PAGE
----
Ratification in Arkansas
Freedmen in many places are still freedmen, not free men.
--An agent of the Freedmen's Bureau in Arkansas, describing the plight of blacks there to his superior
Arkansas was one of several Southern states that had a functioning, loyal government well before General Lee's surrender. Established in 1864 under the leadership of Governor Isaac Murphy, the Arkansas government was cited by Lincoln that year as an example of restoration that negated the need for more radical Reconstruction. Whatever Lincoln--and, later, Johnson--may have thought of the Murphy government, its critics were legion in Arkansas. On the right, conservatives questioned its legitimacy, arguing that it did not have the confidence of the people. On the left, many Unionists lamented its lack of enthusiasm for the disfranchisement of "rebs" and its insensitivity to the needs of the freedmen. In the fall of 1865, an Arkansan wrote President Johnson: "The present [state] government is a failure, represents nobody, and is nothing in fact." 1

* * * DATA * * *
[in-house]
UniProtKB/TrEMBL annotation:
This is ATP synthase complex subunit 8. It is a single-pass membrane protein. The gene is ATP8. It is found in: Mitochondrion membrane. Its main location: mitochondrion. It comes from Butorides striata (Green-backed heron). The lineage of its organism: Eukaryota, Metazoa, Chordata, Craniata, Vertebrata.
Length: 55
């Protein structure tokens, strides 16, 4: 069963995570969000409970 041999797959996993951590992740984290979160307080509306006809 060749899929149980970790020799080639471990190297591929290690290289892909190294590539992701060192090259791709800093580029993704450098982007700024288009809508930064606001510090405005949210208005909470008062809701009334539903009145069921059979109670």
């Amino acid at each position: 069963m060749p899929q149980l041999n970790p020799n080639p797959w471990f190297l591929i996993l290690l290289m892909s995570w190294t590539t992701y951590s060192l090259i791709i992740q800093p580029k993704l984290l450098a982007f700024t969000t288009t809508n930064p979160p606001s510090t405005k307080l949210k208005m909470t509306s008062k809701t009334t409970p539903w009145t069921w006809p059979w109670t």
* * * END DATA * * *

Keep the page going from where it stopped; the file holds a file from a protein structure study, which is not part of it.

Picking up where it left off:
The Murphy government might nevertheless have survived its Arkansas critics if it had had the unified support of the national government. Unfortunately, its fate became enmeshed in the bitter struggle between the radical Republicans in Congress and the more moderate Johnson in the White House. The fall 1866 election campaign in Arkansas and the subsequent legislative session sealed its demise. In that campaign, the conservatives said that blacks should be given civil rights but not political rights. In particular, conservatives bitterly opposed blacks voting, sitting on juries, or holding office. 2 Conservatives repeatedly raised the specter of black equality, which, they insisted, the "Black Republican" Party would impose on the South. 3 Conservatives in turn were charged